Phoning Home is indie developer ION LANDS love letter to storytelling and boasts a tale that really is worth telling. Players take control of ION, a small robot stranded on an alien world filled with dangerous weather, dangerous monsters, and the remnants of an ancient civilization with secrets long buried. Friends will be met, heartstrings will be pulled, and gamers will be satisfied in this third-person exploration survival experience!Open world exploration can start.
The tale of ION starts with his ship, the simply named EU_18TR289x65, crash-landing on a world filled with wild organic life. Being from a world of machines, TR2 and his mobile unit ION are surprised to find not only a wide diversity of life forms but also a wide selection of craftable materials on the planet’s surface. It’s up to ION, who remains in communication with TR2 over video and audio channels, to find and build the components needed to get the duo off the ground and back into space where they belong.
ION and TR2 aren’t the only foreign visitors on the uncharted world, however, and players will be joined early on by a feminine mobile unit known as ANI, who has her own downed ship to repair. ANI will help ION find the tools needed for their escape, as well as partake in the discovery of a lost alien civilization.
The story is sweet in tone but contains an undercurrent of social and political issues that make it all the more effective. While ION and ANI’s ships and circumstances seem parallel, one set identifies as female while the other defaults to male. This self-identification conflict is highlighted and bolstered by the fact that ANI and her ship are considered “Oxies,” liberal outliers who want to bring organic life to the group’s mechanical home planet P1. Will cooperation reign and understanding be reached? You’ll need to play to find out.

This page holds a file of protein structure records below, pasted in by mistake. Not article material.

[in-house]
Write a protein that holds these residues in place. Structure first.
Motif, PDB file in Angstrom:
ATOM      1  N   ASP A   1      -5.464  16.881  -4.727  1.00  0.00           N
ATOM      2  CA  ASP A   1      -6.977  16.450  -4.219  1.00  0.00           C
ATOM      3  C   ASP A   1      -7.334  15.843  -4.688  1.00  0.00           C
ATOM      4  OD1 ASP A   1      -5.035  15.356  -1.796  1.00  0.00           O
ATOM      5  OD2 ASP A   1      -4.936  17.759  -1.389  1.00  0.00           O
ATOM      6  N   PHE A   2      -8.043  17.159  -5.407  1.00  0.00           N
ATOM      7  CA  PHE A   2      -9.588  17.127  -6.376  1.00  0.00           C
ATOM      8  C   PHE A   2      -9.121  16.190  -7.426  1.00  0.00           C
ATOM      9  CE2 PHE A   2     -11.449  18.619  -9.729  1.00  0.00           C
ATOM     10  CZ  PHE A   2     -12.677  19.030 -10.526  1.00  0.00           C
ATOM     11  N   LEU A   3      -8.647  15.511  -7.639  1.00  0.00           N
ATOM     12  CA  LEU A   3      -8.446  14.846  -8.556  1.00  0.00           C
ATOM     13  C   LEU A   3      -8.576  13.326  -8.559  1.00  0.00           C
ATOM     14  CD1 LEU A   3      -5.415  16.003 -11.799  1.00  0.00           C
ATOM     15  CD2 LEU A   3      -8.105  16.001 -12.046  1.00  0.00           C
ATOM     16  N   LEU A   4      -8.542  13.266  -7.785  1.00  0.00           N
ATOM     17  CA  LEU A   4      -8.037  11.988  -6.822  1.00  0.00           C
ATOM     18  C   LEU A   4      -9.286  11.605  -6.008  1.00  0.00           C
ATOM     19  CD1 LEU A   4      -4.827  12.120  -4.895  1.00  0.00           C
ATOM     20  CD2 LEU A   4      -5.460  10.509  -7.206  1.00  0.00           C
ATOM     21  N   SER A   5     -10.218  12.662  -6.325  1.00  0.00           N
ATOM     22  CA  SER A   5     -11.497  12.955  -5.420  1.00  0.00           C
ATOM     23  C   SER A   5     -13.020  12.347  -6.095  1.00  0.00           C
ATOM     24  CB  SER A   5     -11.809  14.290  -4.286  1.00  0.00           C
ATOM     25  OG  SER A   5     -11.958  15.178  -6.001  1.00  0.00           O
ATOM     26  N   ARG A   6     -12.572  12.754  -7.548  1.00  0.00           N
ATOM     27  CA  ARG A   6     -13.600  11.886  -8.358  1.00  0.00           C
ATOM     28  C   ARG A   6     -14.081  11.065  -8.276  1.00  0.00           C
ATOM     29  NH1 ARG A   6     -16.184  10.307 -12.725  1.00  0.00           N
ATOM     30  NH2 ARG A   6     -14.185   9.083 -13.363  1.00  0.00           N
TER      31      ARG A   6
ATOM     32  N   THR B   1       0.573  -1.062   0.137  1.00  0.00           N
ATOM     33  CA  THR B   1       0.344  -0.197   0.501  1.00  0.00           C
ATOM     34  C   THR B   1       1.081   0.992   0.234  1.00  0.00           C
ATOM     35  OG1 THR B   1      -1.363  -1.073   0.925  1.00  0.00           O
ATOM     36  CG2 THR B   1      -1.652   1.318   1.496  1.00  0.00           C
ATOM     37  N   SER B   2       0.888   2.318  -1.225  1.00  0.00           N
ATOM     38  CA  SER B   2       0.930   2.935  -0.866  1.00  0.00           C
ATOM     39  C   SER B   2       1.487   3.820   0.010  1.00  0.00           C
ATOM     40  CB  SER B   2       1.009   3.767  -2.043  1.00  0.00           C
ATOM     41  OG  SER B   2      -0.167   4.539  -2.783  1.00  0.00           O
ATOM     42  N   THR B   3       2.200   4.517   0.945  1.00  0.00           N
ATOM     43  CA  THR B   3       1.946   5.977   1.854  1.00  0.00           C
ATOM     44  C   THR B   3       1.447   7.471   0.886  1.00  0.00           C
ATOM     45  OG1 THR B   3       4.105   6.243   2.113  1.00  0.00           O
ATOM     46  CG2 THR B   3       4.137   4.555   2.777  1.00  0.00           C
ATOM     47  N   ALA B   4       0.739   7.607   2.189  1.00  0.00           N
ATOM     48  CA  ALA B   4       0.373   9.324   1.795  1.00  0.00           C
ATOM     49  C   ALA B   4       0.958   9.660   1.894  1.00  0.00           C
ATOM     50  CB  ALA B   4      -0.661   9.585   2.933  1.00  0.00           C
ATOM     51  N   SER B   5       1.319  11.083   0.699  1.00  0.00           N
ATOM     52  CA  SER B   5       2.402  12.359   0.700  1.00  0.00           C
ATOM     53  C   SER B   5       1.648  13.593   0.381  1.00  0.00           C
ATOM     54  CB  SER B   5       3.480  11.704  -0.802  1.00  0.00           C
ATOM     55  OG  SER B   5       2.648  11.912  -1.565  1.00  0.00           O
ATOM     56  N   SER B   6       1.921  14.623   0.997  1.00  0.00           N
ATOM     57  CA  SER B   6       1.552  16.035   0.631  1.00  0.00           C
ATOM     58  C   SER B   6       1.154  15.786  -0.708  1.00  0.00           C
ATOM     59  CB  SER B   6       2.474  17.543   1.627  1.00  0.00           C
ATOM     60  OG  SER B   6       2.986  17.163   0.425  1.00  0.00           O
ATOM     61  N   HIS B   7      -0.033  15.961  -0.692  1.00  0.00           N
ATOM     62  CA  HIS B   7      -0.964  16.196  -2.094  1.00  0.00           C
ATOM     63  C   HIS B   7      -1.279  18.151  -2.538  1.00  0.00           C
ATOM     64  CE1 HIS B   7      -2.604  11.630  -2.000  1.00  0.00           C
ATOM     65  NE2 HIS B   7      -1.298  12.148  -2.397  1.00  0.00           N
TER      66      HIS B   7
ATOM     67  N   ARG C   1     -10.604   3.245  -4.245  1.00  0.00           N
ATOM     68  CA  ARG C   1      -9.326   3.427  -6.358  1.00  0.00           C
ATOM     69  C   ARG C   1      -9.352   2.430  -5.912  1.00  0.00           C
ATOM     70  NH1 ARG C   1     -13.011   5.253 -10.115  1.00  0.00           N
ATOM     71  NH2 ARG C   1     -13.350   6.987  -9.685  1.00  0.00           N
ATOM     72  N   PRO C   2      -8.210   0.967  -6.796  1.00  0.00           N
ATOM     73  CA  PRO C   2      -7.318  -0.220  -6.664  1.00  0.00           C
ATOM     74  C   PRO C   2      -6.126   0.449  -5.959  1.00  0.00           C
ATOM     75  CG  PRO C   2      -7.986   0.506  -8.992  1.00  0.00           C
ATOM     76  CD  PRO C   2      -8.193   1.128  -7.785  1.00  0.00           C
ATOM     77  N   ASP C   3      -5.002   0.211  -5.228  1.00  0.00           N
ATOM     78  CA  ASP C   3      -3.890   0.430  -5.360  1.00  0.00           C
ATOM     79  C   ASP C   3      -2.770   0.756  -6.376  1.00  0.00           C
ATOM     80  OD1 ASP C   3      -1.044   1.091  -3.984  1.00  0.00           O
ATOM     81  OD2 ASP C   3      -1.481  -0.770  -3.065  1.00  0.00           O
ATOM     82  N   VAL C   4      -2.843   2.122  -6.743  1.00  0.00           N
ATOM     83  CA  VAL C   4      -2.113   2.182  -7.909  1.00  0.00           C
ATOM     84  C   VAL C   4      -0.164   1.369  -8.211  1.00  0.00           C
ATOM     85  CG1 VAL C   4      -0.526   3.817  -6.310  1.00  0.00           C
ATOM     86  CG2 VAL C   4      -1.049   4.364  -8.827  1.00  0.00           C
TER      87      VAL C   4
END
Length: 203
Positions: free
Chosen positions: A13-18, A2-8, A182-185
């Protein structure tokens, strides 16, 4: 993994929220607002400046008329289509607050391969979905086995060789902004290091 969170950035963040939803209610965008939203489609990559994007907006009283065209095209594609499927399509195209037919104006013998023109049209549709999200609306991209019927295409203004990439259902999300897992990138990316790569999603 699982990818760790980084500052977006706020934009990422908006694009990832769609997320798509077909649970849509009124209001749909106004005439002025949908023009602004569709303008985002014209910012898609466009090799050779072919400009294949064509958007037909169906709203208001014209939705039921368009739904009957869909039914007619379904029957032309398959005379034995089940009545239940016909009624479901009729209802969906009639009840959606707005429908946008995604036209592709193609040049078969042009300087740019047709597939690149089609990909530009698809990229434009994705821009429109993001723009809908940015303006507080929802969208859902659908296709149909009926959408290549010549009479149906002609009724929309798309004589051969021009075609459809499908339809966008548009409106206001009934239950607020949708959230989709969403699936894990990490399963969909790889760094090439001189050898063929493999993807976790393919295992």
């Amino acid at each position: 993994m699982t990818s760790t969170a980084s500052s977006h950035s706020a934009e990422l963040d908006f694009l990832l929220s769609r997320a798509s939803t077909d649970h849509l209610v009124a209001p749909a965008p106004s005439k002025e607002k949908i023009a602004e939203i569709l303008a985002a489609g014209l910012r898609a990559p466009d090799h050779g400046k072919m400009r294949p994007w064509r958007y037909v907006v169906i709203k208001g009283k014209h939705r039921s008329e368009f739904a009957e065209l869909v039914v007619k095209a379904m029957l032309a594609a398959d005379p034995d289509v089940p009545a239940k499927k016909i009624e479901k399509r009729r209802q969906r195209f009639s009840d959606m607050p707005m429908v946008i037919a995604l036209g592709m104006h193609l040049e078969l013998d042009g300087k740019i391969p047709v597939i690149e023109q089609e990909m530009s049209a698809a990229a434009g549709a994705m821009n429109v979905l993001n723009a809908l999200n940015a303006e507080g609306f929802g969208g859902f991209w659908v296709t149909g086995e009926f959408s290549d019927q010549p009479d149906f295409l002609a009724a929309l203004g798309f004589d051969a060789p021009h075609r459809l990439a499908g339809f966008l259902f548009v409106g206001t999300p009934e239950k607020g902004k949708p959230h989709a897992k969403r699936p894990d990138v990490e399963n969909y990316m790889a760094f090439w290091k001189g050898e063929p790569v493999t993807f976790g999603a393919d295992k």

Players control ION in the third-person, and the gameplay is primarily exploration and resource collection. There is a combat, though, there’ll be times when escape or avoidance is preferable over a battle. This isn’t because the combat is poorly handled but rather acts as an effective design choice. Like survival games with which Phoning Home shares traits, titles like Don’t Starve and 7 Days to Die, players will find that part of the game is knowing which risks to take and which to avoid. ION isn’t a combat bot, especially at the game’s start, so those planning to charge into every situation will get their metal tushies handed to them.
The initial hour or two of Phoning Home operates as a setup of sorts, introducing the characters, relationships, and mechanics of the game. ION, in addition to normal ground locomotion, has jets that allow him to propel into the air (after which, he falls to earth screaming and waving his little metal limbs–it’s pretty great.) This skill has a cooldown indicated by a bar on the lower left of the UI, which is itself clear and uncluttered. Jetting around also uses fuel, fuel is must be crafted from scavenge-able components. Sprinting uses power, which is also replenish-able with a combination of other components. Such crafting items are reappearing, but it’s important not to get too comfortable blasting around like you’ve got fuel and power leaking out your non-existent ears because you can run out all too quick. If this happens, you’ll still be able to move, but not fast enough to escape any of the nastier baddies.
In addition to fuel and power cells, players will be able to craft upgrades, new tools, and various plot-centered goods that advance the story. It’s a simple process–select a good to build, and click the craft icon–but it becomes somewhat more involved when future items require other craftable items to be built in order to complete. Luckily, there are no unnecessary wait times during an item’s construction. Scavenging components is also easily done, provided you’ve already analyzed (collected) the component at least once. This is because components will appear on a small compass bar that runs at the top of the screen after that first analysis. This directs players to where resources are hiding, and the bar also features yellow markers indicating any current objectives.